Wambach warming up for an international friendly match against Canada, September 2011
|Full name||Mary Abigail Wambach|
|Date of birth||June 2, 1980|
|Place of birth||Rochester, New York, United States|
|Height||5 ft 11 in (1.80 m)|
|1994â€“98||Our Lady of Mercy High School|
|1998â€“2001||University of Florida|
|2013â€“2014||Western New York Flash||29||(17)|
I'm a pretty decent cook. I like to grill. I have a smoker that I love. I love me some steak. And I'll make a huge salad with a ton of vegetables.
I think I take on a little more responsibility when push comes to shove. I'm not scared to fail.
Sometimes if you have a coach or team-mates for too long, you get caught in certain routines. I think it's good to shake up things a little bit.
I have a unique ability to predict the flight of the ball, and my teammates have a unique ability to find me.
It's a heavy burden to look up at the mountain and want to start the climb.
I'm honestly not the kind of person who wants to step up to a podium, test the microphone and be like, 'Hey, I'm homosexual and this is who I am, hear me roar.' That's not who I am.
Considering retirement is like skirting with the reality of what's to come, and I think that's why so many athletes decide to do more introspection at that point.
I can't speak for other people, but for me, I feel like gone are the days that you need to come out of a closet. I never felt like I was in a closet. I never did. I always felt comfortable with who I am and the decisions I made.
I am not a politician by nature, but I will say I think there need to be more women in FIFA, and I would be open to having those conversations when the time is right.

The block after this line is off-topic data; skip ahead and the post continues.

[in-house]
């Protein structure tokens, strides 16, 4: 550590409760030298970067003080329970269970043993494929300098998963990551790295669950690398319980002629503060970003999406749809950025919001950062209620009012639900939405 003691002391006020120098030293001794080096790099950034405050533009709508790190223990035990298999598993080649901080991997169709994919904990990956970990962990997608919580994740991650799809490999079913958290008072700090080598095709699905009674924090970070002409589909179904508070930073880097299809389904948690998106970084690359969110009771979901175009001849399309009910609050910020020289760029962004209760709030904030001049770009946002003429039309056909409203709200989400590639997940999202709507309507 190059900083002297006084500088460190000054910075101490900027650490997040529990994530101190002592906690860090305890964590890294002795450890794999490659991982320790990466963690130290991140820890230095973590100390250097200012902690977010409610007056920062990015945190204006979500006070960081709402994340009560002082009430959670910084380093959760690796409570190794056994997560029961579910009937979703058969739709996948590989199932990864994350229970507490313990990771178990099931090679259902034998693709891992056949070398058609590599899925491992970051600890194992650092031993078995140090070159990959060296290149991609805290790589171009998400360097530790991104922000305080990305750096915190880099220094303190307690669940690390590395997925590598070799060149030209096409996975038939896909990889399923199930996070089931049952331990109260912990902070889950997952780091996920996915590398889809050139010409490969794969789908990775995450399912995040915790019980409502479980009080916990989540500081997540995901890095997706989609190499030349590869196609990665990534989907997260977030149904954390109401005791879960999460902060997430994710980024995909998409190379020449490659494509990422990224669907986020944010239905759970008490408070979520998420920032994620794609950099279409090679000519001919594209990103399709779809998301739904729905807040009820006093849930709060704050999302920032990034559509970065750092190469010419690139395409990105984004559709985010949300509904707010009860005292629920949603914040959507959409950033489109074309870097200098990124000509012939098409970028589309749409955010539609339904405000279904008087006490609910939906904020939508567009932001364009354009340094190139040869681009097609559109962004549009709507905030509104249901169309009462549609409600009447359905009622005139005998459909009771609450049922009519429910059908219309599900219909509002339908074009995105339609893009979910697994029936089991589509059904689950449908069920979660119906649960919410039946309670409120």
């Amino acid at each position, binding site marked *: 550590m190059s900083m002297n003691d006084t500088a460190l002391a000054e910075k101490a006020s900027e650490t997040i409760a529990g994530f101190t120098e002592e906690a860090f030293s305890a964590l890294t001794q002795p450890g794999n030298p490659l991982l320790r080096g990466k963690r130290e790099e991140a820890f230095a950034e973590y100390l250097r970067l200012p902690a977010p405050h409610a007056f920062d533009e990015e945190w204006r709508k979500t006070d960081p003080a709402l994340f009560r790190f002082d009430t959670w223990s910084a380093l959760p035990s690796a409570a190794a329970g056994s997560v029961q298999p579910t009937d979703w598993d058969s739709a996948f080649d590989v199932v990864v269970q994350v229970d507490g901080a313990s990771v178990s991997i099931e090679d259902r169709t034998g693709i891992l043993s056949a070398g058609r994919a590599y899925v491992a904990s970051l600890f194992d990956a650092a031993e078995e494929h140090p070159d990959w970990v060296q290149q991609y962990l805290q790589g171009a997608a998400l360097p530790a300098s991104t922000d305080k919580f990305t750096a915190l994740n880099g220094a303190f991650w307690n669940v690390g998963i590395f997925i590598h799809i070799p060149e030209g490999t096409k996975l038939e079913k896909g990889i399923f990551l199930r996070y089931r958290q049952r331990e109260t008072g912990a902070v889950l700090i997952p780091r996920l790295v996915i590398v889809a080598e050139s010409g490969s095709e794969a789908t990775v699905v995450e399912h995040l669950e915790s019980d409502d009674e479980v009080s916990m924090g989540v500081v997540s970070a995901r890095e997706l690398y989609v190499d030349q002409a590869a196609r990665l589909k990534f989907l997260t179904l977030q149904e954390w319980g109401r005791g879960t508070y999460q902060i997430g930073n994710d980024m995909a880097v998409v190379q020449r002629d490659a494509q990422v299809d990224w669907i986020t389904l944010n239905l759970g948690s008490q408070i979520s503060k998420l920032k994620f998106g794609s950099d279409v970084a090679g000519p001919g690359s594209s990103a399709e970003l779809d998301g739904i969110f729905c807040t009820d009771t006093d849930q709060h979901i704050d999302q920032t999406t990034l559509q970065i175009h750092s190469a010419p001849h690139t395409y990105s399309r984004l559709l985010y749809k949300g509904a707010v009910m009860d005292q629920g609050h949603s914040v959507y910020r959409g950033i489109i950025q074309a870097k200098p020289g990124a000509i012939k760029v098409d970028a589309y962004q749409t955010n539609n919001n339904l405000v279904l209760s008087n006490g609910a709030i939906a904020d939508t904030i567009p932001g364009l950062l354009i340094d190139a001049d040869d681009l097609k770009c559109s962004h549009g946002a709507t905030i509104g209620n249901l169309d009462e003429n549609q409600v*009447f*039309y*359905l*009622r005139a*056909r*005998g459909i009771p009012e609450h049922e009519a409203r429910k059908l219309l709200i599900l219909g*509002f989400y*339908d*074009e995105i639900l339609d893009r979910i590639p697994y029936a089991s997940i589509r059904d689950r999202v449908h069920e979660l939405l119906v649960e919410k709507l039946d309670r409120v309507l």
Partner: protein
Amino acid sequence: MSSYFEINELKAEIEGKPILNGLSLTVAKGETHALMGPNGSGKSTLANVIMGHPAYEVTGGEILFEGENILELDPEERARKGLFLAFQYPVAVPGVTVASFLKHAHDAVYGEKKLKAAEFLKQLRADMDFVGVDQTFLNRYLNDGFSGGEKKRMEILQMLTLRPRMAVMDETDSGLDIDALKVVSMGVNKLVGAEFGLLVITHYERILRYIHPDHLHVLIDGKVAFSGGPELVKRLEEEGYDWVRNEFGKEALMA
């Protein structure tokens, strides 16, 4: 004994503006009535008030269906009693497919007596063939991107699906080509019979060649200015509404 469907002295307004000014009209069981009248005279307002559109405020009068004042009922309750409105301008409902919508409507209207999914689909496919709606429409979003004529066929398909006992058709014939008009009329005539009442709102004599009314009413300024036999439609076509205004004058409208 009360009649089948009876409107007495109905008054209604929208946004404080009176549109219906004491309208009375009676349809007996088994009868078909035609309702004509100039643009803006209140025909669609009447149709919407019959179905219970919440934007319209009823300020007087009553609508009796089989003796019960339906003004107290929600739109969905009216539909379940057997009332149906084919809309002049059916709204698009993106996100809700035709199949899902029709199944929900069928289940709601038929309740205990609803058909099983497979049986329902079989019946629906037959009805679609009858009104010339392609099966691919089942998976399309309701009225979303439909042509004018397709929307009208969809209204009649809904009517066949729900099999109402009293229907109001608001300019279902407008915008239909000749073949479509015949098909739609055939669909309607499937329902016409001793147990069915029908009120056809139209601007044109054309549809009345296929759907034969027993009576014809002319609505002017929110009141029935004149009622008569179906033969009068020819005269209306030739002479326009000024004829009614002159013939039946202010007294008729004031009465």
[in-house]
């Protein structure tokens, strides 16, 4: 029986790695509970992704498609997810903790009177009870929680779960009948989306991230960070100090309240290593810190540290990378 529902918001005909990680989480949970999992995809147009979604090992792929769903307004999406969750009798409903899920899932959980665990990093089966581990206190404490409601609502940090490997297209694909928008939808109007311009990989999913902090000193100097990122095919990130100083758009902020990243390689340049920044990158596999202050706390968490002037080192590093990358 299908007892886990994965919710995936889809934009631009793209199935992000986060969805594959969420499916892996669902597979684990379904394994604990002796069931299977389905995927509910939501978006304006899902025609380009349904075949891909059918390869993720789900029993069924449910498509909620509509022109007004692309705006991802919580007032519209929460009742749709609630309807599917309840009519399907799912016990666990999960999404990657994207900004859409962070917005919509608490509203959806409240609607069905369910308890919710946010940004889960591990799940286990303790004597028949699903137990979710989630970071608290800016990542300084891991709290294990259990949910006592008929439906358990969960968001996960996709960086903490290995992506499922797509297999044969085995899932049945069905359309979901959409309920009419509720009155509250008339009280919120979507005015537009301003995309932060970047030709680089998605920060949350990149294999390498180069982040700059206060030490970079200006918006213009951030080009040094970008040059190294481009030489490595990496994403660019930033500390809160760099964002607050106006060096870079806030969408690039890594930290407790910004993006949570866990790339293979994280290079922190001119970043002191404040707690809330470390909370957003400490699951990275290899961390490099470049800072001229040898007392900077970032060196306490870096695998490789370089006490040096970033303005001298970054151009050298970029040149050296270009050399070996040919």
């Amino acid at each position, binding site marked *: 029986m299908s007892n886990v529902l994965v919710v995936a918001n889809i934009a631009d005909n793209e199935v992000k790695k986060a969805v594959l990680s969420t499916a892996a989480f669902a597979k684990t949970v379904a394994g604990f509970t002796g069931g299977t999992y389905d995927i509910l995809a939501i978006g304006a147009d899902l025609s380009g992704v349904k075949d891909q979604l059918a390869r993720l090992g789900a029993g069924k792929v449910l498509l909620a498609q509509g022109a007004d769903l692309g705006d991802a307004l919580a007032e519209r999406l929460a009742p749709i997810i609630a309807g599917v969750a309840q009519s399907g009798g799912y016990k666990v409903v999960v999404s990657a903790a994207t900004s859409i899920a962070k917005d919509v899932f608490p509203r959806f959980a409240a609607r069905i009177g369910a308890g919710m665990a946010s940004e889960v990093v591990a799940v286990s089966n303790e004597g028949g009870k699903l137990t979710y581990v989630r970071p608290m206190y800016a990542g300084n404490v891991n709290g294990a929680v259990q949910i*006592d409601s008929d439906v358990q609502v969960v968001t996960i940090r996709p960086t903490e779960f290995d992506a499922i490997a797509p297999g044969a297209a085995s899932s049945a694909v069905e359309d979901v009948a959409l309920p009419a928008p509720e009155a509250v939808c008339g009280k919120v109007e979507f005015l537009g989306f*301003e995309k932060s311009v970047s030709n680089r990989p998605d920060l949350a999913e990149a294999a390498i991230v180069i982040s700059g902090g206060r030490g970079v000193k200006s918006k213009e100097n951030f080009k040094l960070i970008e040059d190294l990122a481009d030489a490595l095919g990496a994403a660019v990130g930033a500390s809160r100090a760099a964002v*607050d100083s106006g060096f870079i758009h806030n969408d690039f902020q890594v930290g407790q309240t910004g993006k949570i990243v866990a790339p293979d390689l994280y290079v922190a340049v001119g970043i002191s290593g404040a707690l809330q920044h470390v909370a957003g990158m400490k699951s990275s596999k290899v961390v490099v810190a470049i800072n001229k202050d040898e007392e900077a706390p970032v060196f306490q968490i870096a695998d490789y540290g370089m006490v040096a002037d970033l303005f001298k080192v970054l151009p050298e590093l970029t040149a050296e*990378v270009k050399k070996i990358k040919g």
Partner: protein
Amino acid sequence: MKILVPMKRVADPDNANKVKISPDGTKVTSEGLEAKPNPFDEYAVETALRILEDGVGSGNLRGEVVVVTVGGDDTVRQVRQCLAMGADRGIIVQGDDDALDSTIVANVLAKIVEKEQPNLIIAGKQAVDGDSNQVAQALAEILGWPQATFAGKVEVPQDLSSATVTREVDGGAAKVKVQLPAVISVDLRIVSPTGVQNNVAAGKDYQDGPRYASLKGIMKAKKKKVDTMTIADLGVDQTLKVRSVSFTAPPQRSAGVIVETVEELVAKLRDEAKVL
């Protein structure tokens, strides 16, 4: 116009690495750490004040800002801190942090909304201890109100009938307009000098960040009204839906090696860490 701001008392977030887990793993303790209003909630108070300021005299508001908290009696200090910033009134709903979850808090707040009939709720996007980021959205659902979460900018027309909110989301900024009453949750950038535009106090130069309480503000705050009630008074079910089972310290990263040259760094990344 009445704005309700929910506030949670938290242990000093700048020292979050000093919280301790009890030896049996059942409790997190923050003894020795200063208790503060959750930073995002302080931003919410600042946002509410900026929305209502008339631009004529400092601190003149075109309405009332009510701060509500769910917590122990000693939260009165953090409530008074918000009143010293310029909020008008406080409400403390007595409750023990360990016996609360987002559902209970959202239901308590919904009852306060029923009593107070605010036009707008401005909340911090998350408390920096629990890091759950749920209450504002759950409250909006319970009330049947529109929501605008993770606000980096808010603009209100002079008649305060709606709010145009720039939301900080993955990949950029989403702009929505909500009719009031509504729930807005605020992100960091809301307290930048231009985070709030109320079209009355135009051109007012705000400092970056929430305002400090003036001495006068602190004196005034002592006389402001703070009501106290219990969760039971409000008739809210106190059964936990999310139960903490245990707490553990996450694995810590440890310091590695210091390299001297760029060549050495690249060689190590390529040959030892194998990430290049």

I'm not sure if I'm going to get into coaching. I'm sure I'll stay in soccer somehow.
People don't understand that the feel of the surface is so important for a footballer. The ball travels on the surface; our feet move on the surface – all of that goes into how the game is actually played.
The truth is, I've been on a team my whole life. I'm the youngest of 7, so I've been training to be an athlete my whole life.
Whenever you get to win, you feel the satisfaction of all of your hard work, all the sacrifices, all the blood, sweat and tears. It feels right and makes you realise that you are really doing the right thing.
I think there's so much emphasis on body image and results and outcome, but really what you should be after is to be healthy and to feel good about yourself.
People don't think an athlete nowadays can have a team-first mentality and I do.
When you're younger and traveling and visiting new countries and cities, that stuff is exciting; it's flashy, it's shiny, but I always had this separation between who I was as a person and who I was as a player.
I know that I'll end up being a role model for many, many people out there for all kinds of reasons.
I'm fiercely patriotic, and the flag and the anthem is something that I really, really respect.
Your heart can only take you so far – sometimes the physical body tells you otherwise.
Any little touch a defender can make on me when I'm in the air literally moves me. On the ground, I can use my muscle, but in the air, it's harder to fight that off.
I think making the referee aware of a situation, there is nothing wrong with that.
During events like the World Cup and the Olympics, I tend to get really wrapped up in my own experience to stay focused, but it's like a bubble. I don't see much outside my own perspective.
I am going to change the world, and I'm talking to everybody in the possible world that I can get to that can help me to do that.
The minute you step off that podium is the minute you start preparing for the next world championship. That's kind of how I work. You celebrate for a brief moment, then you move on.
As professional soccer players, we take our bodies to the extreme. We're the people at the gym that look like we're breaking the machines. Pushing our bodies to the limits is what makes us so strong and capable and Olympians. It's not an easy thing to consistently do over and over again to your body.